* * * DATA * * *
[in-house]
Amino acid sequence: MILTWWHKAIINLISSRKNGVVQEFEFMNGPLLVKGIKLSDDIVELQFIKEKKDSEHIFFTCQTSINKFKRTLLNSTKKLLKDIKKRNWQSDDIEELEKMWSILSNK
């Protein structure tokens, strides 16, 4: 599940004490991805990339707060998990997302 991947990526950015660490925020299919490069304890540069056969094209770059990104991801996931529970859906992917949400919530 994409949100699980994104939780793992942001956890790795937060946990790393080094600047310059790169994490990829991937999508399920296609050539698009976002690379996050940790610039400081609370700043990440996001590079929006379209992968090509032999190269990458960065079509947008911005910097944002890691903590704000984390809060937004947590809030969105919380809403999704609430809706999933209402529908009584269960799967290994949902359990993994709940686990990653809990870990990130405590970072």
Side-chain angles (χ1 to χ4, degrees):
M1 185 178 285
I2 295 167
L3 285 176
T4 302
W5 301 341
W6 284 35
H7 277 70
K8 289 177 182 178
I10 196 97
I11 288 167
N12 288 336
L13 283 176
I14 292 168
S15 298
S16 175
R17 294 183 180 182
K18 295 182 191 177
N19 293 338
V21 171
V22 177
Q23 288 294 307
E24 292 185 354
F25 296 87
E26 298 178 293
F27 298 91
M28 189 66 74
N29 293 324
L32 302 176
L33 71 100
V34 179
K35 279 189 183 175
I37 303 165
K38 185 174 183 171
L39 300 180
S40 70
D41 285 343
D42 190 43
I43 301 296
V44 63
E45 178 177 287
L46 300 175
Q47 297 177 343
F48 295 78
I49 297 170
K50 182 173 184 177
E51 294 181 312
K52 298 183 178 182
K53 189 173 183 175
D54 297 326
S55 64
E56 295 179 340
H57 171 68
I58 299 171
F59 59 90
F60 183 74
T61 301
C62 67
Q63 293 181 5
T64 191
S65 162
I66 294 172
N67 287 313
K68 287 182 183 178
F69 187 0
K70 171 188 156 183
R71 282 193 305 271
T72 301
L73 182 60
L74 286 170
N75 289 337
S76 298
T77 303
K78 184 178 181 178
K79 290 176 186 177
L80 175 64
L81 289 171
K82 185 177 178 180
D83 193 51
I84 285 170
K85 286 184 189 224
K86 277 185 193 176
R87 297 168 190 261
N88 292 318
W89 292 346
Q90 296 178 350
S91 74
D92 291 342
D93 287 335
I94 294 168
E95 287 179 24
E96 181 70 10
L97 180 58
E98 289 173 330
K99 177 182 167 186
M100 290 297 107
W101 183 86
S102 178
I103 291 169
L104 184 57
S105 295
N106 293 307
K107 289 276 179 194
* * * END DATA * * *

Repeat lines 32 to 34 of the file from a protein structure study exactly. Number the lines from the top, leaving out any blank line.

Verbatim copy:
L32 302 176
L33 71 100
V34 179